The Trend Toward Mobile Payment Methods is Moving at LightSpeed
While Lightspeed software has long been an essential component of point of sales systems for many retail stores in the United States, the platform is now making a grand entrance in the world of POS for restaurants and hospitality businesses both here and across the pond.
Lightspeed software, named after the Montreal-based start-up providing POS software to retailers, is expanding into the restaurant and hospitality industries with a platformed catered specifically to those needs. Lightspeed — which secured a staggering $35 million investment from iNovia Capital and announced the acquisition of Belgian start up POSIOS — helps brick-and-mortar businesses improve online customer experiences and increase their sales via POS solutions.
The undisclosed deal between Lightspeed and POSIOS has allowed Lightspeed to set up shop in Ghent, Belgium — POSIOS’ own office — giving Lightspeed access into the European market. In fact, Lightspeed’s new restaurant and hospitality POS platform, Lightspeed Restaurant, will be managed entirely out of Europe. POSIOS offers a similar retail management app for restaurants, caterers, planners, etc. which will be used to power the new Lightspeed software platform for restaurants.
Similar to point of sales systems for retail stores, Lightspeed’s new restaurant platform provides a simple, consolidated view of sales, inventory data, customer preferences for repeat customers as well as a central platform to view updated listings, prices, and images. However, Lightspeed Restaurant also expedites front-of-house tasks, such as customer tabs and seating and tables. As with other modern POS systems, this allows retailers and restaurants to manage their day to day business operations more efficiently.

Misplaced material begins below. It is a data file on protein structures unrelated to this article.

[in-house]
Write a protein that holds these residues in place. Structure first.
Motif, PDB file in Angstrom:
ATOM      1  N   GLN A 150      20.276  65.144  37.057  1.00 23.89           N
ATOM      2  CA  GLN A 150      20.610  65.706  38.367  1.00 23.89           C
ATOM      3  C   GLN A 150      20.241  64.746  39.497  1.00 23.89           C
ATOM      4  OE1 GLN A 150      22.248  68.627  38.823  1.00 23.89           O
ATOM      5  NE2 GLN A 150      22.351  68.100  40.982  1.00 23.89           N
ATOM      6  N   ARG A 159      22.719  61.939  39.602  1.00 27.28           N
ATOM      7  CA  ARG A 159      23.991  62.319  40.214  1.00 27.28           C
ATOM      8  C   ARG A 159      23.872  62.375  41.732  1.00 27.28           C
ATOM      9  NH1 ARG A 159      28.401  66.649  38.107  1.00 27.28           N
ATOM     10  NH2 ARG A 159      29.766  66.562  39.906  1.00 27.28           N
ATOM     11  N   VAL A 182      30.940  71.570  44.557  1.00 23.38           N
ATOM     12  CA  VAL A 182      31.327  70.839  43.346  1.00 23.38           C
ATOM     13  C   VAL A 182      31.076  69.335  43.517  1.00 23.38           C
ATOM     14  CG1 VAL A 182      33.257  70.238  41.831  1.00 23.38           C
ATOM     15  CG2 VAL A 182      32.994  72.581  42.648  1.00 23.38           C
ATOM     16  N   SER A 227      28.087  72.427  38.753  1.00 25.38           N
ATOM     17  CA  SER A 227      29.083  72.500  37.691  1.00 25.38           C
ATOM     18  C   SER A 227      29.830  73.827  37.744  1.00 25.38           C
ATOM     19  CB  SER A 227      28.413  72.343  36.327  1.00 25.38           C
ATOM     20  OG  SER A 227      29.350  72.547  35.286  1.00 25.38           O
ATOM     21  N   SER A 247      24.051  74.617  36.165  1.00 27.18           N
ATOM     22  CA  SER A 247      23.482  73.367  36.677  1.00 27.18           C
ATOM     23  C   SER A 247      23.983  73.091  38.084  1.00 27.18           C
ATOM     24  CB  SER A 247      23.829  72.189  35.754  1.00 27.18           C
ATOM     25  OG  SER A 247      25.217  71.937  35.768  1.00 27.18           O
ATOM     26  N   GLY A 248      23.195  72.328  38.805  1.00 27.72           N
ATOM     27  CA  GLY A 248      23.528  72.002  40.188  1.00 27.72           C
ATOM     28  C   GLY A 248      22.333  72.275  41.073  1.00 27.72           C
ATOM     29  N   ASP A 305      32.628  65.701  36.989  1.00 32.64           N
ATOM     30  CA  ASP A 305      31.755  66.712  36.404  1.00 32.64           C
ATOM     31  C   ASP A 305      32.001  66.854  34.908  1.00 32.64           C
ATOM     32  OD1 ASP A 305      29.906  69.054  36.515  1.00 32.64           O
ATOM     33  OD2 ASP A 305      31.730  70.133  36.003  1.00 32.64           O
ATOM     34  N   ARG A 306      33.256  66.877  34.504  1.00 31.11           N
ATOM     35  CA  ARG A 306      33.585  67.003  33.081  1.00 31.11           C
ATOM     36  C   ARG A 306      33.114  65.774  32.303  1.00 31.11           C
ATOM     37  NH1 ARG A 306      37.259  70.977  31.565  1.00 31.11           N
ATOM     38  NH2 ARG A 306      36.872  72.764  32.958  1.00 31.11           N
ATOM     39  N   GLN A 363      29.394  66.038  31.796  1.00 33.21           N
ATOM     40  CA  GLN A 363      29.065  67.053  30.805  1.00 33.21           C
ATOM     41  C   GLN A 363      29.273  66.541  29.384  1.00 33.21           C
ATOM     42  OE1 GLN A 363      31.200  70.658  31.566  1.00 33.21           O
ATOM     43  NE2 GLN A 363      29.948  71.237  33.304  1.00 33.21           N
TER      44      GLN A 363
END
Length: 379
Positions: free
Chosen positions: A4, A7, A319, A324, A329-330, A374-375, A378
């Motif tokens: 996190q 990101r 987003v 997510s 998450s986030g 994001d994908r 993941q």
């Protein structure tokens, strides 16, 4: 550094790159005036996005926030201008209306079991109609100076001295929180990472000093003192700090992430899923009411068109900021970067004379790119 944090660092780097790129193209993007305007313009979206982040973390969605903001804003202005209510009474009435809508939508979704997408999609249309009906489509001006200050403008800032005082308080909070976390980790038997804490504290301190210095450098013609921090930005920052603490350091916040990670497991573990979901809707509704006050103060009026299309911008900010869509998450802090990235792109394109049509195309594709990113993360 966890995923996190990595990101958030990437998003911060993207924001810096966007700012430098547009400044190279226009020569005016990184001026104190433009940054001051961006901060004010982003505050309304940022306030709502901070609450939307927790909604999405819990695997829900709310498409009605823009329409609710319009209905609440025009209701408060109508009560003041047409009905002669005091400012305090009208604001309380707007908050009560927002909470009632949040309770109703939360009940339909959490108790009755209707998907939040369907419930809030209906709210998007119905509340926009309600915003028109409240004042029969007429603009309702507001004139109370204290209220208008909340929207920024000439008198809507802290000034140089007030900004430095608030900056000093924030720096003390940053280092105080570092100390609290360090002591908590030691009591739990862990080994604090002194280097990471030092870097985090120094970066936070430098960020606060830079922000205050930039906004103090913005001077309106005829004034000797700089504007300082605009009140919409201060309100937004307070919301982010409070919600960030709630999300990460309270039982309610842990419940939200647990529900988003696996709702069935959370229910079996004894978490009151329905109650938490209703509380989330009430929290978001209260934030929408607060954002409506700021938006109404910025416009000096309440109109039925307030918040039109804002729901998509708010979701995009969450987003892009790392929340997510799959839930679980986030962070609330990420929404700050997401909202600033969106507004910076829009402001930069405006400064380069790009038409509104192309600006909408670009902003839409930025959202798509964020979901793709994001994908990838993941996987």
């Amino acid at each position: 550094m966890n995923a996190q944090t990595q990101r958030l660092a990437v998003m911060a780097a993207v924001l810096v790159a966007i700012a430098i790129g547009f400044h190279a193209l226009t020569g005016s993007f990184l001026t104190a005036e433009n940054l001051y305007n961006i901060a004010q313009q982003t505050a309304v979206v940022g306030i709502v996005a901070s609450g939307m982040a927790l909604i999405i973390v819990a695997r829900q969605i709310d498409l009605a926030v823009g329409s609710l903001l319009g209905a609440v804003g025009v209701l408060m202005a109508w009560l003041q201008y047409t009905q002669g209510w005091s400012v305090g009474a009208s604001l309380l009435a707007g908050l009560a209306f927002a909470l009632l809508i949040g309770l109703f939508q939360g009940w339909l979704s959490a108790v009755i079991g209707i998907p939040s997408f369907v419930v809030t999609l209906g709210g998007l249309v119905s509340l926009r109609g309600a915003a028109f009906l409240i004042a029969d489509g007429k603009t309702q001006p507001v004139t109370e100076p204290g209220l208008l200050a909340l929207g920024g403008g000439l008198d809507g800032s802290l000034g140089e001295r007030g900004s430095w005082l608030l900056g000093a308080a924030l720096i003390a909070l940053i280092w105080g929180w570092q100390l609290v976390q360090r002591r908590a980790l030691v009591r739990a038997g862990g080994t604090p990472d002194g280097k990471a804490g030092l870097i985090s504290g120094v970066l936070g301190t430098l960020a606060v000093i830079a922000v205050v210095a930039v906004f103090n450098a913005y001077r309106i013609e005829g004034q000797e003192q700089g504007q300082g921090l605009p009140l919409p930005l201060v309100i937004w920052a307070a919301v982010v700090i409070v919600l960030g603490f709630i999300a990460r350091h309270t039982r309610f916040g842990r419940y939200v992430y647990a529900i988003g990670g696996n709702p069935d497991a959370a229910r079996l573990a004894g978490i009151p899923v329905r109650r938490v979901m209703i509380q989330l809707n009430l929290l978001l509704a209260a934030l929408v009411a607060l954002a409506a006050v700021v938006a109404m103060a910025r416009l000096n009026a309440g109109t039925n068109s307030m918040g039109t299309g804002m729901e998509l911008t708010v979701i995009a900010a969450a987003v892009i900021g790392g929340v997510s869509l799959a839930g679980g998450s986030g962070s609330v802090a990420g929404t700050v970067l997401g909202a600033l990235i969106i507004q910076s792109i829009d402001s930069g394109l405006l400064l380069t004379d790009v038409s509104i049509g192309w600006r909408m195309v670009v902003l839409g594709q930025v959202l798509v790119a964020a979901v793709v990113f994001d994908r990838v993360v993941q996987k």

However, more customers may soon be paying for their meals using their mobile phones. According to a report recently released by research firm Forrester, mobile-based payments in the United States are slated to reach a whopping $142 billion in volume over the next five years; that nearly triples the current $50 billion figure.
The study, which included twelve major payment industry companies, such as PayPal, Verifone, and ATandT, indicated that the trend towards mobile commerce was increasing at a substantial rate. While mobile payment methods aren’t necessarily new technology, they have just now begun to gain traction. Forrest believes this is due to the fact that the market has matured over the last five years, and will continue doing so. Also, consumers are becoming increasingly dependent on their smartphones, and expect them to deliver more, thus creating the niche for mobile payments.
The introduction of Apple Pay has accelerated the shift towards mobile payments, with many retailers already experiencing large spikes in in-store payment activity. However, the largest growth is expected to take place within the remote mobile payment segment with purchases made via mobile apps and websites.
The rapidly changing POS landscape only serves to highlight the symbiotic relationship between consumers and technology.